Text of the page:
Currently, the leading areas in hiring CNSs are New York, Los Angeles, and Chicago. States that pay the best salaries to their CNSs include Alaska $111,800 per year, California $110,590, Oregon $107,560, Hawaii $106,700 and Massachusetts $105,010.
Like in most professions, the level of experience of the individual plays an important role in the clinical nurse specialist salary sheet. Individuals with between 1 and 5 years of experience get the lowest packages while those with over 10 years of experience attract the highest salaries. Here is a simple table showing how a clinical nurse salary can vary with experience.
- 1 to 5 years $55,000 – $75,000
- 5 to 10 years $75,000 – $105,000
- 10 years and above $105,000 – $125,000
Office physicians are the leading employers of clinical nurse practitioners followed by general and surgical hospitals and outpatient care centers respectively.
Unlike traditional RNs, clinical nurse specialists are trained to do much more than care for patients by helping to treat and prevent ailments under the supervision of a physician. They can also diagnose, treat conditions, disabilities and injuries as long as they are within their area of specialization. CNSs work directly with patients as well as other nurses when consultations are needed – in line with their primary role of improving health care system for everyone.
It is worth noting that CNS life is generally seen as a venerable one-man show with five core responsibilities on one professional’s shoulders: research, clinical practice, management, consulting and teaching. Healthcare does not operate with one set of guidelines, and as such the experience of clinical nurses is vital to its overall success. Because they also work as patient advocates, it is their job to coordinate money-saving practices and resources while still providing optimal health outcomes.
This is, therefore, a career suitable to those who are good at caring for others. So if you have a knack for solving complex problems while putting the interest of others before self, then clinical nursing could just be your right alley.
Becoming a CNS requires significant schooling because it is one of the four advanced nursing practices. So here is a step-by-step guide on how to become a CNS.
Step One: Obtain a Bachelor’s Degree in Nursing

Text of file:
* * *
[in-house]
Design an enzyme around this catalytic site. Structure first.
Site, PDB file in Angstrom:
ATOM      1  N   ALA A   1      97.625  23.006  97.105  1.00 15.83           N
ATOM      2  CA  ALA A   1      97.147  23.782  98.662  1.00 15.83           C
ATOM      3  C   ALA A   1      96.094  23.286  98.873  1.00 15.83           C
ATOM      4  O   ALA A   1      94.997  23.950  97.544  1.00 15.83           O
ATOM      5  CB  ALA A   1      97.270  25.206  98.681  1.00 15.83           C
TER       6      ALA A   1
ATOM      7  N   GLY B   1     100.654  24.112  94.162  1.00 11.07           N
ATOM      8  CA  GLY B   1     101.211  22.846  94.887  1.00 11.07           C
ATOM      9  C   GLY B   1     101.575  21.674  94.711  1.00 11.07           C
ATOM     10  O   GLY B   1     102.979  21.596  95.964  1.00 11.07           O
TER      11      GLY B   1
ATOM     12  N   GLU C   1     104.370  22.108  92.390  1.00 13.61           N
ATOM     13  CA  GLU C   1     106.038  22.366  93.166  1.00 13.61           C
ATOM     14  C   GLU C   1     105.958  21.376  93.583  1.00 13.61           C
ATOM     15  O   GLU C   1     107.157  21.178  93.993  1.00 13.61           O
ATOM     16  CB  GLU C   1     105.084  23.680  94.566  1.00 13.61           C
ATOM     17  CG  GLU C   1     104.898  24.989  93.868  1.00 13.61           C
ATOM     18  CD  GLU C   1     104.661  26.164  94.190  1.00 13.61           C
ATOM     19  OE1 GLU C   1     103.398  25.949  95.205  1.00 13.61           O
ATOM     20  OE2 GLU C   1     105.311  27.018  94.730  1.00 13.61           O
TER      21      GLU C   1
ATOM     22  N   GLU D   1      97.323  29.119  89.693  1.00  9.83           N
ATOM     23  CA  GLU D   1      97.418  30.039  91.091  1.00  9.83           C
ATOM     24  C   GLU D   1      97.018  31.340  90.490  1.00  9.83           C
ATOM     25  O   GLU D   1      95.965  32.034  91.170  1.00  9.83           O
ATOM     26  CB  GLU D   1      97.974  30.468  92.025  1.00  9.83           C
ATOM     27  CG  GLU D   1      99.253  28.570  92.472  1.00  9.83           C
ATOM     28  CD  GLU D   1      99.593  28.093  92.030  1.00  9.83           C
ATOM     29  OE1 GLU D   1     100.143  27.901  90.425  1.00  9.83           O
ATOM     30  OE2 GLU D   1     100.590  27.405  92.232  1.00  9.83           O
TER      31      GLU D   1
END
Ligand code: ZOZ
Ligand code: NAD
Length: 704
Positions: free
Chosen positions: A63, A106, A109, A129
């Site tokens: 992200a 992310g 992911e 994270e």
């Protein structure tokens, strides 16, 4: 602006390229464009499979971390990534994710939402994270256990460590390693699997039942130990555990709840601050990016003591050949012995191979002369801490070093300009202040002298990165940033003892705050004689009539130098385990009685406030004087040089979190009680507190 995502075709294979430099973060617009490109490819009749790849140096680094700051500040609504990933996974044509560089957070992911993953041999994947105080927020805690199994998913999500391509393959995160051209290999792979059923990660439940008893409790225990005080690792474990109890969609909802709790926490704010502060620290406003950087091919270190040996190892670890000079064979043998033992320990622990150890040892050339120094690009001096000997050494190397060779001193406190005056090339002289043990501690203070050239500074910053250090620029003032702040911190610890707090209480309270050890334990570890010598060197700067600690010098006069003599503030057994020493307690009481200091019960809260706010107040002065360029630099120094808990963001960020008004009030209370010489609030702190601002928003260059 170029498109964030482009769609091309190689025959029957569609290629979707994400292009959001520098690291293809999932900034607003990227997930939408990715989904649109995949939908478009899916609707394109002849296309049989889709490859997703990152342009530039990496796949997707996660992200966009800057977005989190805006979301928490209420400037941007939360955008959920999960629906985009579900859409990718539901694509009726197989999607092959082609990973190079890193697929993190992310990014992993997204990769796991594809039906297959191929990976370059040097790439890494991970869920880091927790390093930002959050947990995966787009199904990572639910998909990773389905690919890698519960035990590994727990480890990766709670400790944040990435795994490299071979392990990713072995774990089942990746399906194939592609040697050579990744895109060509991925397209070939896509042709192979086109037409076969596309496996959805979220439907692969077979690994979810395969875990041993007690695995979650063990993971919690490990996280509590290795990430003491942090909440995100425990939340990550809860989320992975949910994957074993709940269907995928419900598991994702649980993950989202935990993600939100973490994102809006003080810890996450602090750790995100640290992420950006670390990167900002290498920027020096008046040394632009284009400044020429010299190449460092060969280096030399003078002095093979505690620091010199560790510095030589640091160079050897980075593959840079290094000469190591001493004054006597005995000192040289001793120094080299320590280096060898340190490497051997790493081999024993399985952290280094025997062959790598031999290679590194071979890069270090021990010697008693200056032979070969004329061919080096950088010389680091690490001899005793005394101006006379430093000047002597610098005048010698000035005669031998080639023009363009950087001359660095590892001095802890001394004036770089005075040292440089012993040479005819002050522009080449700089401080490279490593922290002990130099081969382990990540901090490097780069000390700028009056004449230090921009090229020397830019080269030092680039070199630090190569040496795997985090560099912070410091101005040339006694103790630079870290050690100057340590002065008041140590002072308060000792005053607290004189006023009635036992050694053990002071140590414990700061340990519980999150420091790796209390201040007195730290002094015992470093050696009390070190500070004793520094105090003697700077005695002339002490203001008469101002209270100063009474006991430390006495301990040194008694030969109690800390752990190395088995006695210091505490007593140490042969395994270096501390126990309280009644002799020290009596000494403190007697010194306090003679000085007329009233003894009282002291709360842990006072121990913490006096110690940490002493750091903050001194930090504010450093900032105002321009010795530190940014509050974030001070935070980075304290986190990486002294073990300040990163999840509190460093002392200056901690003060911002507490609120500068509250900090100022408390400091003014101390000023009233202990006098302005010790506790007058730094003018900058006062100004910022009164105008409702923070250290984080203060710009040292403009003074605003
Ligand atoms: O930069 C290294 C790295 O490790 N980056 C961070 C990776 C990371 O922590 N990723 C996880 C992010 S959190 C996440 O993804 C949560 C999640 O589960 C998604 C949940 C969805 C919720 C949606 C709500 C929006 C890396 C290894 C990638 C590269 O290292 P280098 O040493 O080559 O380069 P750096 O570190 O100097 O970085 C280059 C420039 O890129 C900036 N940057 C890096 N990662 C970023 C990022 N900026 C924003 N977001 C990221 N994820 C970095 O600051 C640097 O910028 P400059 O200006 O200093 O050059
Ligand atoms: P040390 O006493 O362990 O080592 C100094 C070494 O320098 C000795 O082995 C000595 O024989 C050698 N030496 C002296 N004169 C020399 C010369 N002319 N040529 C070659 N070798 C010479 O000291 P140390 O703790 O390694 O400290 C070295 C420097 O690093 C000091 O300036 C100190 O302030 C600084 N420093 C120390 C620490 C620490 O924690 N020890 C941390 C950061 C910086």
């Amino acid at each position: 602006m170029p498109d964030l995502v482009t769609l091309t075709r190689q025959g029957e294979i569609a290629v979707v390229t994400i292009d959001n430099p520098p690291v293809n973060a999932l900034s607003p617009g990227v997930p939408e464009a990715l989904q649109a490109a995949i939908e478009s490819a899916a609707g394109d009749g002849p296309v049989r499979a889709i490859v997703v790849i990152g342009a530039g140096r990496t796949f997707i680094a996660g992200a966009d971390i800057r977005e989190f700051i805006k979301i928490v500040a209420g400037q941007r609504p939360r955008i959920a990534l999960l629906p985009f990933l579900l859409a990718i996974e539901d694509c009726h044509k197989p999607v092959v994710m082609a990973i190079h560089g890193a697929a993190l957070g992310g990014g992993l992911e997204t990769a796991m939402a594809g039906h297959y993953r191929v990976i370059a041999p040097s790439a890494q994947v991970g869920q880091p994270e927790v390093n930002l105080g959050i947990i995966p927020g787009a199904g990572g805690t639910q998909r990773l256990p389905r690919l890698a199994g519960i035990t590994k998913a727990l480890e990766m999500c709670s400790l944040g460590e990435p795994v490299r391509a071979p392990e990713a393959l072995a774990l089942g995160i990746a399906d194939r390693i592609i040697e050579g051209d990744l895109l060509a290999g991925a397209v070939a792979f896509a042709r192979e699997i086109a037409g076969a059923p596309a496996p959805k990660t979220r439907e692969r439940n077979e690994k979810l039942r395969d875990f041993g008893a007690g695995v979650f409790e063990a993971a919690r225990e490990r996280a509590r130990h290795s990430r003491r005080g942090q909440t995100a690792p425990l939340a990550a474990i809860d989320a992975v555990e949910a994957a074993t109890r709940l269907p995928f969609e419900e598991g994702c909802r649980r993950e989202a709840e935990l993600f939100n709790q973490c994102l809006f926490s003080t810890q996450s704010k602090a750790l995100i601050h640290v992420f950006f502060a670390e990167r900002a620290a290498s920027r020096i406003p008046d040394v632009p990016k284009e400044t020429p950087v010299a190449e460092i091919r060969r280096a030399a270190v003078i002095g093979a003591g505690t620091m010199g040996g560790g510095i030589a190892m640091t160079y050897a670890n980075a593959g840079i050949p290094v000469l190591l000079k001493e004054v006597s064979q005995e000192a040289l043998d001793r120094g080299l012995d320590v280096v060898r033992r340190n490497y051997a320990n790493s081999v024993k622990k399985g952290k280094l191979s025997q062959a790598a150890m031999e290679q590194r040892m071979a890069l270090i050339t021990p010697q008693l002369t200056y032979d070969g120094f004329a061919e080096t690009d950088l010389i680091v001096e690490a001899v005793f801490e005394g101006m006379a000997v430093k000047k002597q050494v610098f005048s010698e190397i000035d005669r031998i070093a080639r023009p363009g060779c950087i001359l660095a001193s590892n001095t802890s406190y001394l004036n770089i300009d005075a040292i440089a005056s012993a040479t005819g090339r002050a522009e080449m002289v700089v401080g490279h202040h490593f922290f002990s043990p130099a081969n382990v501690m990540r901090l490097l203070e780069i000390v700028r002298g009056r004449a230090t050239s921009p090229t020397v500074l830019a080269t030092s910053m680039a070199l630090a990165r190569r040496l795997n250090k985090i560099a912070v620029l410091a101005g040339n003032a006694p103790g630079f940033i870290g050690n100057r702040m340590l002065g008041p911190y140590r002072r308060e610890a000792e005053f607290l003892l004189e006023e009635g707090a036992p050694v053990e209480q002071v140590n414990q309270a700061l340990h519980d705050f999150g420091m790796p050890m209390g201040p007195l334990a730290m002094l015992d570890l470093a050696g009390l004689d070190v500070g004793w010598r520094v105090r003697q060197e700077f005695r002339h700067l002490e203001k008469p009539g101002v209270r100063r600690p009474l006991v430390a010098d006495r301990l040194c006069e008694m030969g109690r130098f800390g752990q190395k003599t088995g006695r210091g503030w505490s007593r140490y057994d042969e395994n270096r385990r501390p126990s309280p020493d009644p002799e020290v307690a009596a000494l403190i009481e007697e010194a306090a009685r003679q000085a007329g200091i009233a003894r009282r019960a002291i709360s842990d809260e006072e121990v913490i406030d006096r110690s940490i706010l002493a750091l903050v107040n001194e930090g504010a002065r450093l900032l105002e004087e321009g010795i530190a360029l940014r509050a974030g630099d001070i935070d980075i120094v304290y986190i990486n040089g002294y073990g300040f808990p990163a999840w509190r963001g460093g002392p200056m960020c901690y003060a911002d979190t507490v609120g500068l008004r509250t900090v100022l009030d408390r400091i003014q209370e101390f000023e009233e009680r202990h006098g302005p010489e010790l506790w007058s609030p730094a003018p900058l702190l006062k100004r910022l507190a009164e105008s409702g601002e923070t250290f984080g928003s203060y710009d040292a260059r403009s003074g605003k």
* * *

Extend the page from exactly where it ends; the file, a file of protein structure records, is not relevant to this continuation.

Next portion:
Most CNS degree programs require aspiring CNSs to earn a bachelor’s degree in a nursing school. The programs generally take 4 years. Courses under nursing degree programs include physiology, patient health assessment, pharmacology basics, anatomy, nursing throughout all life stages and pathophysiology basics.
Step Two: Acquire a state license as Registered Nurse
All states require CNSs to be licensed before practicing. Clinical nurse specialist degree programs on the other hand also require applicants to be licensed as a registered nurse. While the majority of states require students to pass the National Council Licensure Examination for RNs which is administered by the National Council of State Boards of Nursing (NCSBN), some states may have additional state nursing board licensure requirements. Additionally, CNSs licensed in one state can always apply for a license but only by endorsement in another state.
Step Three: Acquire Experience
Most graduate degree programs require candidates to have acquired experience as a registered nurse in the specialty they have chosen. On the other hand, schools require one to two years direct patient experience in a clinical setting. This experience can be gained by performing registered nurse nursing duties in private practices, hospitals or even outpatient settings.
Step Four: Obtain a CNS Master’s Degree
These programs usually take two to three years to complete depending on the specialty. You can earn your Master degree either online or in a traditional classroom setting. The safest way to ensure the rigor of the program’s academics and the validity of your degree is to choose a CNS program that has been accredited by a nationally recognized accrediting body. Most CNS programs usually have accreditation from the Commission on Collegiate Education and Accreditation Commission for Education in Nursing.
Step Five: Apply for Certification
The certification is not required in all 50 states hence, not all CNS specialties have a certification credential available. However, certification is highly recommended since most employers require their clinical nurse specialists to have it. The American Nurses Credentialing Center(ANCC) offers a nationally recognized certification for clinical nurse specialists. Some of the certifications ANCC offers include: